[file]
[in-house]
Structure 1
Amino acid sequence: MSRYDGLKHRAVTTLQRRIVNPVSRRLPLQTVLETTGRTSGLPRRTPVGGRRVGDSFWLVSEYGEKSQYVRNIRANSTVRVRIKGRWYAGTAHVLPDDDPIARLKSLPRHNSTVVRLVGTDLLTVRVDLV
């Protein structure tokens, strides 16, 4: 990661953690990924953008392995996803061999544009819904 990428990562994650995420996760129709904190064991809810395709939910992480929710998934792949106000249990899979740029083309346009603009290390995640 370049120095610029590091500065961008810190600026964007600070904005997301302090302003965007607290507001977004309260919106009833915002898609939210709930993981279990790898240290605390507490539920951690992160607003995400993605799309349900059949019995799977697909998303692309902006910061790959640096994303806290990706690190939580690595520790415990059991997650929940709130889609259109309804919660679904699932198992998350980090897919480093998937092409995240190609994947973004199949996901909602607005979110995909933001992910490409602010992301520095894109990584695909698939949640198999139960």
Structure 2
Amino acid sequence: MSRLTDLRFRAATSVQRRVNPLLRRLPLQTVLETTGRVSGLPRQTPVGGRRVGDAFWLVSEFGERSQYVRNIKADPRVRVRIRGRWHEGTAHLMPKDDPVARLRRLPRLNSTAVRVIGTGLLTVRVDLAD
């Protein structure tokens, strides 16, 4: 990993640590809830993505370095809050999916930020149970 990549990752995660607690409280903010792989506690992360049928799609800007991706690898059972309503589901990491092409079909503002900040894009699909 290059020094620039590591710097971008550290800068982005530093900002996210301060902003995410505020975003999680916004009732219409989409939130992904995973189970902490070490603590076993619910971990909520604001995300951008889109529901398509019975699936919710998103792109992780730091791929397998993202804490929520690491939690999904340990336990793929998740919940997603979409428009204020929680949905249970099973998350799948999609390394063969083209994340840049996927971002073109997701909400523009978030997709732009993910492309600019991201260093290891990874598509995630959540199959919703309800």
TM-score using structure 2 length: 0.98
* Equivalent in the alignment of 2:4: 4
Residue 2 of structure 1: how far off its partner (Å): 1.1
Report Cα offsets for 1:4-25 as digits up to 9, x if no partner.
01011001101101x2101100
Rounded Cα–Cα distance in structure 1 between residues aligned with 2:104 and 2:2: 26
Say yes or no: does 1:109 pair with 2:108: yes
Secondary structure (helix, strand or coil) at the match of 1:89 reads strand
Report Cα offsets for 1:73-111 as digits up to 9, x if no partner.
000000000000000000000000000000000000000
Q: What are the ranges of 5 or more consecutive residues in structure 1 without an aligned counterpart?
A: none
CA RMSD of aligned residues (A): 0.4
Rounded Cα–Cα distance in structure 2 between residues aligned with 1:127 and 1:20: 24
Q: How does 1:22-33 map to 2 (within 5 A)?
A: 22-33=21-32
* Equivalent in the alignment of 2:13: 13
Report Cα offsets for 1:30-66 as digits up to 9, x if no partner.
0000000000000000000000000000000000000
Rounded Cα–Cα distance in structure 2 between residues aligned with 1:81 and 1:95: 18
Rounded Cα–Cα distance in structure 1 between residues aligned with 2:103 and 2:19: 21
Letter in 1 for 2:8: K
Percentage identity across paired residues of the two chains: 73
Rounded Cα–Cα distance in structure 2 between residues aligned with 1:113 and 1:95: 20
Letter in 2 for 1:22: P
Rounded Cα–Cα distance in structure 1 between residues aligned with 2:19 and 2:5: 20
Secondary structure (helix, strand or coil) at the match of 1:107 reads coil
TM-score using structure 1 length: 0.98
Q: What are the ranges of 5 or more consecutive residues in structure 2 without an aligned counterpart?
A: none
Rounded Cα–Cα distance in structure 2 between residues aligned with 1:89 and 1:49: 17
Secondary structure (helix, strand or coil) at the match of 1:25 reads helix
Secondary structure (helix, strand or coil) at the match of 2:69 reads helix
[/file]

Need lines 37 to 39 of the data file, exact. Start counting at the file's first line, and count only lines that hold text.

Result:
A: none
Rounded Cα–Cα distance in structure 2 between residues aligned with 1:89 and 1:49: 17
Secondary structure (helix, strand or coil) at the match of 1:25 reads helix